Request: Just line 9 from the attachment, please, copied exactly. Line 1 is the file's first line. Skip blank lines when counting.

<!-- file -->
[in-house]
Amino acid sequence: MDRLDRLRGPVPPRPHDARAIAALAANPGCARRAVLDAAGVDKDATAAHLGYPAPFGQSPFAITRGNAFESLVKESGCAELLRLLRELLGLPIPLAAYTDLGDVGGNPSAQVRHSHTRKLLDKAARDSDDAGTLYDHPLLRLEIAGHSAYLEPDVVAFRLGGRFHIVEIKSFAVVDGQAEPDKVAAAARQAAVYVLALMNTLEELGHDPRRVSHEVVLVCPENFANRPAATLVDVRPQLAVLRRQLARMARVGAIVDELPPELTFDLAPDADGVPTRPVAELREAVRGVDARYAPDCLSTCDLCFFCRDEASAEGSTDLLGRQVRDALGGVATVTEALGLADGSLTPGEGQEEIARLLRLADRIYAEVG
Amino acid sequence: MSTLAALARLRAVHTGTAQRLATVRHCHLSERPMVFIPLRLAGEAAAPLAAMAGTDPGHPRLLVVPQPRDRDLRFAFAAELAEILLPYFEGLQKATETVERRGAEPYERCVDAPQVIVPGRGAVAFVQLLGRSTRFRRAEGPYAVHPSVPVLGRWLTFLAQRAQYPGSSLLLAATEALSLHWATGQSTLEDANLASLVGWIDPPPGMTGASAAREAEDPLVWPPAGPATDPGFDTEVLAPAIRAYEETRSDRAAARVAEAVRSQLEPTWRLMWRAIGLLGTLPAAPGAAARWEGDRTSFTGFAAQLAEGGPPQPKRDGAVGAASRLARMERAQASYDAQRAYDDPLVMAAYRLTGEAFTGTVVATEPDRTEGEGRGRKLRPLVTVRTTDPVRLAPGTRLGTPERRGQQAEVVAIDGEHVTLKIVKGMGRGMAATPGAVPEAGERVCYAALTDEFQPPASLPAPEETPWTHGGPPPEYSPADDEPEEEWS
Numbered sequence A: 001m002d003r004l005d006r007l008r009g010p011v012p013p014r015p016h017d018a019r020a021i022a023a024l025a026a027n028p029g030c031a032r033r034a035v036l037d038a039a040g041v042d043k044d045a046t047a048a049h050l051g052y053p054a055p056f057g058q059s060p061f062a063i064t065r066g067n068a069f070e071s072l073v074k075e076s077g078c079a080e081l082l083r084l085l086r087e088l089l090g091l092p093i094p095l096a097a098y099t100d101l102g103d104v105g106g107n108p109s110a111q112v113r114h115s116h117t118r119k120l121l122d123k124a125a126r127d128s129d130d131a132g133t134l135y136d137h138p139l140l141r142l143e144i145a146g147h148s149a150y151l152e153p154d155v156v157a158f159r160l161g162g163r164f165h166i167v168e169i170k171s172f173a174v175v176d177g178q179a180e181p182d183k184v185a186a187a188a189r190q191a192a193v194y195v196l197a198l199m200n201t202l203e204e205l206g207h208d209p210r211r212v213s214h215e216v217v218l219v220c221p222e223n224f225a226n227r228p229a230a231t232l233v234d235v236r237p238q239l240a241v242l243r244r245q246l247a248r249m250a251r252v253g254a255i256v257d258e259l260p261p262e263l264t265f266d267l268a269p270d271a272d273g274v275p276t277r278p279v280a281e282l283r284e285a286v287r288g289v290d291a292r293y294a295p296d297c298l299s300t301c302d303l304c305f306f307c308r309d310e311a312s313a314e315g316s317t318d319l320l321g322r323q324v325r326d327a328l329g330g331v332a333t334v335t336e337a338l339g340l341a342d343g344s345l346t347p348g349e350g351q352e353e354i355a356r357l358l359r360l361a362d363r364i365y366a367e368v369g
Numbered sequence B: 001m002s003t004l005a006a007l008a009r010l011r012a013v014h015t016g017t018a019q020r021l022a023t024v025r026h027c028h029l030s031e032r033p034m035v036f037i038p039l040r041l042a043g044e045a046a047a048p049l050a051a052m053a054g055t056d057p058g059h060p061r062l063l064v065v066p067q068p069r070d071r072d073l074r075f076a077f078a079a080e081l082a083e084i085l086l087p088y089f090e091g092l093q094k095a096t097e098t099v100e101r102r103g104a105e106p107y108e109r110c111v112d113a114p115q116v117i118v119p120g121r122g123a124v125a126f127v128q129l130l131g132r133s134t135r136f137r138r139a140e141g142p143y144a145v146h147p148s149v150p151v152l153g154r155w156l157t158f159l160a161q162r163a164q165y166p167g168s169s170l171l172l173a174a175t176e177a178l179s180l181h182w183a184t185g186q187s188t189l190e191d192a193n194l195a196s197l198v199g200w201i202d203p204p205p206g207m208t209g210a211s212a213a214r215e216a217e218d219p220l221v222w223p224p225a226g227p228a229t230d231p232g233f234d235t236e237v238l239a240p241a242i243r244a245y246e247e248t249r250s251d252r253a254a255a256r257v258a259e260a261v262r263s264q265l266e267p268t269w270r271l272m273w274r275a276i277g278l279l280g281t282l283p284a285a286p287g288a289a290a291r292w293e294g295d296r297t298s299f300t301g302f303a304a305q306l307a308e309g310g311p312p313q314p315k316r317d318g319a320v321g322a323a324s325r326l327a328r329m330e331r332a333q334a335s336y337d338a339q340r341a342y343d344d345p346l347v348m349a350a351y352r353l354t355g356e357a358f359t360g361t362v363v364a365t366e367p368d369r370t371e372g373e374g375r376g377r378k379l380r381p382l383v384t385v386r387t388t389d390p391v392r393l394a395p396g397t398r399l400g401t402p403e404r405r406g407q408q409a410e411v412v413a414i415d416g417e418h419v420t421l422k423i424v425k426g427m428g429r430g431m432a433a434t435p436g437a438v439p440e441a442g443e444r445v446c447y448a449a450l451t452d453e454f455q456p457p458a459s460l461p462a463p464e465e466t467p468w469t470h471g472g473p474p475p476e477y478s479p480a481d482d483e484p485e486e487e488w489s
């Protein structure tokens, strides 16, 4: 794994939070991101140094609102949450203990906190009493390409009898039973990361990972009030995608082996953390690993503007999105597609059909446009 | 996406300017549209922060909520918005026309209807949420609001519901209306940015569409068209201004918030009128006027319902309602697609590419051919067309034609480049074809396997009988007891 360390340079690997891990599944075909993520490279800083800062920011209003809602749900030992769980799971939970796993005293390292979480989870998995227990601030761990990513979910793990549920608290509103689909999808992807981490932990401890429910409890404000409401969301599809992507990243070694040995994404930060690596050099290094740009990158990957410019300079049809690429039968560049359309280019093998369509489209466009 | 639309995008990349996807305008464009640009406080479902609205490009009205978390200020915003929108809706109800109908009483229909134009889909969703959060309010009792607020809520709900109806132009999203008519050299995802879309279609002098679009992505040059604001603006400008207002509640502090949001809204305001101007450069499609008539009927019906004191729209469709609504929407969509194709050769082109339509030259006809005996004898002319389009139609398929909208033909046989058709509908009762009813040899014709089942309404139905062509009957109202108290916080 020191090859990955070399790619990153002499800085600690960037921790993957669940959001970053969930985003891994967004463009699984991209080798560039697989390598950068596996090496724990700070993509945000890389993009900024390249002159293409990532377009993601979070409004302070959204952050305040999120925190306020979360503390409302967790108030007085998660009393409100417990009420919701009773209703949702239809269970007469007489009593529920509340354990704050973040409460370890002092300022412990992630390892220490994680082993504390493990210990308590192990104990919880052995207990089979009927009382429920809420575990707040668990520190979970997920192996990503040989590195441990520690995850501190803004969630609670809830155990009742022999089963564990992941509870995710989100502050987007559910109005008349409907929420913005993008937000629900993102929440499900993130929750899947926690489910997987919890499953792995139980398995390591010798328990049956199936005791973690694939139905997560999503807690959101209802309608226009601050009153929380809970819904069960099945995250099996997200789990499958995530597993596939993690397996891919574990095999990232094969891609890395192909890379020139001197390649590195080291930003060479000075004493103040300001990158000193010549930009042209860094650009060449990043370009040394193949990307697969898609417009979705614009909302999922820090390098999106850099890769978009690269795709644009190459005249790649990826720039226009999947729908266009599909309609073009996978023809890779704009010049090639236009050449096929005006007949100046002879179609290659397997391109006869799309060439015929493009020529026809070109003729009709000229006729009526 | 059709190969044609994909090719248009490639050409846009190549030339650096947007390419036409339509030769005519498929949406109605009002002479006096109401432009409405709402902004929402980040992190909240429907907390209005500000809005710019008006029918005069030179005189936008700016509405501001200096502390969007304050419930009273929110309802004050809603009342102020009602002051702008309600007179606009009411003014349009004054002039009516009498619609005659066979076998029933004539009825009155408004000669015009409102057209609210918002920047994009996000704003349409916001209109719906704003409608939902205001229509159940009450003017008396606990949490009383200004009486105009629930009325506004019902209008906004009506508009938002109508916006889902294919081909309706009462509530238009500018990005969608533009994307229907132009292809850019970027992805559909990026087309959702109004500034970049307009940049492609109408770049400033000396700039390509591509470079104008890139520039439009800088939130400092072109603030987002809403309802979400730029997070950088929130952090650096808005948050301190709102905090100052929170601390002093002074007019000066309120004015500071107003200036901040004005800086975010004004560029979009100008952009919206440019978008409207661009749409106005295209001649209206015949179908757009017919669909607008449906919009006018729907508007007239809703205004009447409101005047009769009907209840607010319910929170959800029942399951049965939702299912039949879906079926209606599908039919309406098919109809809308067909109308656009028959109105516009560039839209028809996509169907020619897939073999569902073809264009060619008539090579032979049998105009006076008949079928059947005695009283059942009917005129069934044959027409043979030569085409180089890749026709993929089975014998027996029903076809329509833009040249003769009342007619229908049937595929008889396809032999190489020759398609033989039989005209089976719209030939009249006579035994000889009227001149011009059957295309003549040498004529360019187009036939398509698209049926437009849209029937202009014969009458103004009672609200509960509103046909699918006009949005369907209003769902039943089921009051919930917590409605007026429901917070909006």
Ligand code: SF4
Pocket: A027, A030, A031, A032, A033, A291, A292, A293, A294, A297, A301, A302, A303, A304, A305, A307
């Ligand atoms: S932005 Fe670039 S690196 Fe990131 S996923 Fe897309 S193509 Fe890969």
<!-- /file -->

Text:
């Ligand atoms: S932005 Fe670039 S690196 Fe990131 S996923 Fe897309 S193509 Fe890969």